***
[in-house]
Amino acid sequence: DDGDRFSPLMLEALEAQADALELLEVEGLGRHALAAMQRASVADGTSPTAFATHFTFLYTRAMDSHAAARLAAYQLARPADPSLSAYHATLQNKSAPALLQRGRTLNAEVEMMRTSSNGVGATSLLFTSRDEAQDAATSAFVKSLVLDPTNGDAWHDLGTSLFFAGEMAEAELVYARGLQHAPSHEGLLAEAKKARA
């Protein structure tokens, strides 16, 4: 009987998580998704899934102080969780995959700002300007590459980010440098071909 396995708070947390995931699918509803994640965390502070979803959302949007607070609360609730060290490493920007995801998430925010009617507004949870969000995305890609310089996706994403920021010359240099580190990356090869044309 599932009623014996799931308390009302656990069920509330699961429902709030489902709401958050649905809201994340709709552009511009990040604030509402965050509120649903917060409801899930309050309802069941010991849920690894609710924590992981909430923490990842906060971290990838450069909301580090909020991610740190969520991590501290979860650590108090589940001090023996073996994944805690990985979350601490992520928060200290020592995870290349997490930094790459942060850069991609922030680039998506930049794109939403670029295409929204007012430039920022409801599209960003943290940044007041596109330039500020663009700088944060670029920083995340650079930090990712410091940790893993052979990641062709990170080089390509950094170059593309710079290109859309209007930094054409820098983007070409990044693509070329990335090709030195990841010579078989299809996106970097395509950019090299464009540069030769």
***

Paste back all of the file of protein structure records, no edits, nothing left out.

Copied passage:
[in-house]
Amino acid sequence: DDGDRFSPLMLEALEAQADALELLEVEGLGRHALAAMQRASVADGTSPTAFATHFTFLYTRAMDSHAAARLAAYQLARPADPSLSAYHATLQNKSAPALLQRGRTLNAEVEMMRTSSNGVGATSLLFTSRDEAQDAATSAFVKSLVLDPTNGDAWHDLGTSLFFAGEMAEAELVYARGLQHAPSHEGLLAEAKKARA
């Protein structure tokens, strides 16, 4: 009987998580998704899934102080969780995959700002300007590459980010440098071909 396995708070947390995931699918509803994640965390502070979803959302949007607070609360609730060290490493920007995801998430925010009617507004949870969000995305890609310089996706994403920021010359240099580190990356090869044309 599932009623014996799931308390009302656990069920509330699961429902709030489902709401958050649905809201994340709709552009511009990040604030509402965050509120649903917060409801899930309050309802069941010991849920690894609710924590992981909430923490990842906060971290990838450069909301580090909020991610740190969520991590501290979860650590108090589940001090023996073996994944805690990985979350601490992520928060200290020592995870290349997490930094790459942060850069991609922030680039998506930049794109939403670029295409929204007012430039920022409801599209960003943290940044007041596109330039500020663009700088944060670029920083995340650079930090990712410091940790893993052979990641062709990170080089390509950094170059593309710079290109859309209007930094054409820098983007070409990044693509070329990335090709030195990841010579078989299809996106970097395509950019090299464009540069030769």